The Existential Crisis Of Art, Science And Dollars

Agency leaders are standing at the proverbial crossing. Only this is not the standard T-crossing where the road leads either left or right, nor is it a fork in the road where one path leads to unknowns up the mountain, and the other unknowns will be on the path down the valley.

This is the Ginza crossing of crossings. Spaghetti Junction. Roads are going every which way, and there is no telling which one is the right one.

Why are we here? Well, as the saying goes: Everything we have done to date brought us here. If we look over our shoulder, we can see the path that led us to this point.

There are the organizational decisions we made along the way. Agencies made every part of their business a profit center, and created profit centers within the profit centers. Where they used to be advisors and purveyors of creativity that had the ability to move a consumer to like and buy a brand, today agencies are sellers of hours, technology, content and even media space.



While agencies used to pride themselves on independent advice and a somewhat rebellious and anarchistic culture, they are now bound by financial commitments, savings targets and speed to market.

Agencies used to offer marketers a respite from their mundane and perhaps somewhat boring office life, a place where they would be exposed to people very different from themselves, their daily business or office culture. There were people who delivered brilliant insight and creative executions wrought from briefings that were as crappy back then as they are today.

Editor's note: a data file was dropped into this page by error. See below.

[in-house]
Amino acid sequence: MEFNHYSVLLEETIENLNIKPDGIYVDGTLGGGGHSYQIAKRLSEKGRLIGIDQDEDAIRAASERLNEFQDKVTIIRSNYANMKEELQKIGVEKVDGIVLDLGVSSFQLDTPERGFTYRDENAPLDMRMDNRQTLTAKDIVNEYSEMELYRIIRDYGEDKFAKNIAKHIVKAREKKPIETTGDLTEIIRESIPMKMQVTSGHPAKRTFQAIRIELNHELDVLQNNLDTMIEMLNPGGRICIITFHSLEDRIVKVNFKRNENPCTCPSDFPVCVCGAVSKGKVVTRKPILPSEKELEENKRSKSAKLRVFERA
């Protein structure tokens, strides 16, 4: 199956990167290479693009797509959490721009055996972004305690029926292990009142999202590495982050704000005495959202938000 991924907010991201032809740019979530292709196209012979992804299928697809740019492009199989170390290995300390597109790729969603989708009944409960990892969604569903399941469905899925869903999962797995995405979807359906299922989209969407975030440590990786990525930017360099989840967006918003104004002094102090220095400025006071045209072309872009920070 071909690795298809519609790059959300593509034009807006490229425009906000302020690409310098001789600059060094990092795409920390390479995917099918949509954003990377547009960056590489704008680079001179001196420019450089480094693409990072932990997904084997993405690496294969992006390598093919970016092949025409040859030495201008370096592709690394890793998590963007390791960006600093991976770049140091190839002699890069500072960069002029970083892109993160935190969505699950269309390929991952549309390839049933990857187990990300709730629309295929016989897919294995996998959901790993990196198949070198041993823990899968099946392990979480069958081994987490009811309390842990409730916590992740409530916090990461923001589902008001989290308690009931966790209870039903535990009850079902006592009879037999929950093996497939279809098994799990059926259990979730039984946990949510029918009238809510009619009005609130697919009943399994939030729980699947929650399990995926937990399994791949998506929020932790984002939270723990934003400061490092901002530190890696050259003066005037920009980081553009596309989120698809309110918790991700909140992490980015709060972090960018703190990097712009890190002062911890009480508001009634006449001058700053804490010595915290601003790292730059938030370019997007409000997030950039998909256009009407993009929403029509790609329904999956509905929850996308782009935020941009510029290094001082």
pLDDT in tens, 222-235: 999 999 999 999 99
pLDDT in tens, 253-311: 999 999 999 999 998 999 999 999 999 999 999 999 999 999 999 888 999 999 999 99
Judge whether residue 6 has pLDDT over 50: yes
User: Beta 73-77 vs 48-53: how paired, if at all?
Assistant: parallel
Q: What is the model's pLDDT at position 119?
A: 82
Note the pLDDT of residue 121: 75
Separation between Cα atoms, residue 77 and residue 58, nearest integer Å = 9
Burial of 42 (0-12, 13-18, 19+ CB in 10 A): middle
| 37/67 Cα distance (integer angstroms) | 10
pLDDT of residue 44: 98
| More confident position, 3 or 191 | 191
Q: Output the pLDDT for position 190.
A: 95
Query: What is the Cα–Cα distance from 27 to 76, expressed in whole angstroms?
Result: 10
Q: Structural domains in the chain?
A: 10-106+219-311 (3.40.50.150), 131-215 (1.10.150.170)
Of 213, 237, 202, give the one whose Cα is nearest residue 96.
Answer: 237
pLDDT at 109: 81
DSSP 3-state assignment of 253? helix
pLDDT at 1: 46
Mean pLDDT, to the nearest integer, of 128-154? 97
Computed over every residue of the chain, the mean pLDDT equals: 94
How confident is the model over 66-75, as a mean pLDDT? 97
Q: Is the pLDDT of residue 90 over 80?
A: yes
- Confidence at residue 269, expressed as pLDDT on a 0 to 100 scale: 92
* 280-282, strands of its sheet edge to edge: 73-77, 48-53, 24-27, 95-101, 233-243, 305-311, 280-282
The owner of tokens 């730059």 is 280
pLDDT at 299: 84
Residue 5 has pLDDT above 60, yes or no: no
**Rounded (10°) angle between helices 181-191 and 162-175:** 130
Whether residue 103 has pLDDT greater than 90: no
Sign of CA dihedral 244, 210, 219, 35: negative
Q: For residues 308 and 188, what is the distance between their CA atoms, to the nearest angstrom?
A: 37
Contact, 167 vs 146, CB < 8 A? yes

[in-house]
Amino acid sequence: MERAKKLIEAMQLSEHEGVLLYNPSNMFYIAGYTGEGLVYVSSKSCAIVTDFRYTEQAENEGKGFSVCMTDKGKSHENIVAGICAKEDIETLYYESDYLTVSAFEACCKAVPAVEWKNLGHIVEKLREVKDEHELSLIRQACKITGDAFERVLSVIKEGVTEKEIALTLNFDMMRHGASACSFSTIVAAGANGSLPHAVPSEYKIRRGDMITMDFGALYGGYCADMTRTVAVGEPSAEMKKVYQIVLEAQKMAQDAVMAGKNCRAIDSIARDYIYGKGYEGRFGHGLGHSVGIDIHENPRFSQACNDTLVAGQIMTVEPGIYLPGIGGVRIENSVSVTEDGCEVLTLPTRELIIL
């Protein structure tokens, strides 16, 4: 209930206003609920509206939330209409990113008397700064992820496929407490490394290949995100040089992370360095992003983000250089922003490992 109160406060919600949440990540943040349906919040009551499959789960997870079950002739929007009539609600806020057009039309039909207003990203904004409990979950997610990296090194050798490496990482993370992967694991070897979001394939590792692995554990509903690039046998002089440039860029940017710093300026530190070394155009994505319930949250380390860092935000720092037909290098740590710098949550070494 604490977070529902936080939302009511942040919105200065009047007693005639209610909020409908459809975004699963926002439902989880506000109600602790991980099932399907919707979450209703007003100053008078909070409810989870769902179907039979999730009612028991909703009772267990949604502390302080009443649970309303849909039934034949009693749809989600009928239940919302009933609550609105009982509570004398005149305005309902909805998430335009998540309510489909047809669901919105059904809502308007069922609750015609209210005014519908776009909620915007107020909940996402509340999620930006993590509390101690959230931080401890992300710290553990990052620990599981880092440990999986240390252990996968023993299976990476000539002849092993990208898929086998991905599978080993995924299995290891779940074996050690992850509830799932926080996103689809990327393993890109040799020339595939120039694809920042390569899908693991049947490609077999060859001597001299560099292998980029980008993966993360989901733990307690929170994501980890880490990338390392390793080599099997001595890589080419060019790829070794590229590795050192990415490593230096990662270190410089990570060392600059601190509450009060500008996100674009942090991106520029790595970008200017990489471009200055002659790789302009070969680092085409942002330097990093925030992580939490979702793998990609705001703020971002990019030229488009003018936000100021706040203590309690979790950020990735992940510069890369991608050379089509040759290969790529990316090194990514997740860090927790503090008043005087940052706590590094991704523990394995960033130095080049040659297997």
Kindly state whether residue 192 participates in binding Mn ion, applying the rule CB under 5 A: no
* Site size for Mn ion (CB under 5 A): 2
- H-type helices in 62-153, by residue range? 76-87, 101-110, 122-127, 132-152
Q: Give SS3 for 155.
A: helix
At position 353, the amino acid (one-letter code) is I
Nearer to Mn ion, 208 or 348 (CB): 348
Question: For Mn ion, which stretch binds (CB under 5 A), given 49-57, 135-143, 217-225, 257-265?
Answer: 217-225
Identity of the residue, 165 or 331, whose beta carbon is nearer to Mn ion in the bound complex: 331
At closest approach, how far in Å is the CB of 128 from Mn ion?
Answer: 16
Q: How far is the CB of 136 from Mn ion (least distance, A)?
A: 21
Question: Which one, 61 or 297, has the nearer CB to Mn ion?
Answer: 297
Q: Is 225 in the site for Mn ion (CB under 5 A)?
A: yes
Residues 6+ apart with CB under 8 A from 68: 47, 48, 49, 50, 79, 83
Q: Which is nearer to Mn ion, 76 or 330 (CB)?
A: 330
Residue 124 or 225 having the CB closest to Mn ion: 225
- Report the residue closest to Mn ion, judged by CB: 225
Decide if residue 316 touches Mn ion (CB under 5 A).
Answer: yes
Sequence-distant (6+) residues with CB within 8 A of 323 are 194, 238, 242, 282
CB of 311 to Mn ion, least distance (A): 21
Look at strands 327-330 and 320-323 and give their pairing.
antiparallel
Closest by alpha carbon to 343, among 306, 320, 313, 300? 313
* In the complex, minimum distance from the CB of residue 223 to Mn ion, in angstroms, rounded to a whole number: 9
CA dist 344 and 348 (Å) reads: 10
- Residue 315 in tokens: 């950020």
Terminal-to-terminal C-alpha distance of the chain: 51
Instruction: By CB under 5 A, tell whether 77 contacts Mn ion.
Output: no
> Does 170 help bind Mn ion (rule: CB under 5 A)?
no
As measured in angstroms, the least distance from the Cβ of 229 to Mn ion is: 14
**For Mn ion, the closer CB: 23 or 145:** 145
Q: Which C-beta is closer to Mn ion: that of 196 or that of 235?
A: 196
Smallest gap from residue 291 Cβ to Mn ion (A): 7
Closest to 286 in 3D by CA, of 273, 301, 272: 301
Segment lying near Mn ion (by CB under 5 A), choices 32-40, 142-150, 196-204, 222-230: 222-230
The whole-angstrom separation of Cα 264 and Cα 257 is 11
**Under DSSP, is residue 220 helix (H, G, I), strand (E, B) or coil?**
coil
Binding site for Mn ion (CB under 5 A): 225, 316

Today agencies offer pretty much an extension of the marketing department, enriched with an army of invisible minions who do things with data, consumer journeys, DSPs and other stuff that seems important.

Don’t get me wrong, I am not glorifying the good old days. Or perhaps I am lamenting one aspect of it: I actually lament the fact that we seem to have molded agencies into one part client marketing department clone, another part tech company clone, with seemingly little love or time for the craft of creation.

I have often said that we live in the era of Homo Analyticus, and that without a Ph.D. in either data or computer sciences you don’t stand a chance, as your job will be taken over by an algorithm. There are tons of studies that correctly proclaim there is a wide gap between tech needs and tech skills in advertising and marketing.

All those studies show clearly that agencies (and marketers) are falling seriously short in recruiting, training and developing the types of people that could be or become Homo Analyticus. And those who have these skills are not so hot on a career in marketing or advertising.  

So perhaps it is time to add a second typology: Homo Creaticus. With all our talk of content and consumer engagement, we seem to place very little value on the actual creators of content. Data is the hero. Data wizards are heroes: Mark Zuckerberg, Elon Musk, Travis Kalanick, Brian Chesky, Frank Addante, Marc Benioff, the list goes on.

David Ogilvy was a copywriter, as was Leo Burnett. Dan Wieden wrote copy. Walt Disney created animation. Yes, we need people who can understand data and technology, but we also need people that are creative geniuses. It is time to bring back wisdom and magic, art and science, the left and right brain of advertising.

3 comments about "The Existential Crisis Of Art, Science And Dollars".
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  1. Henry Blaufox from Dragon360, October 17, 2016 at 11:30 a.m.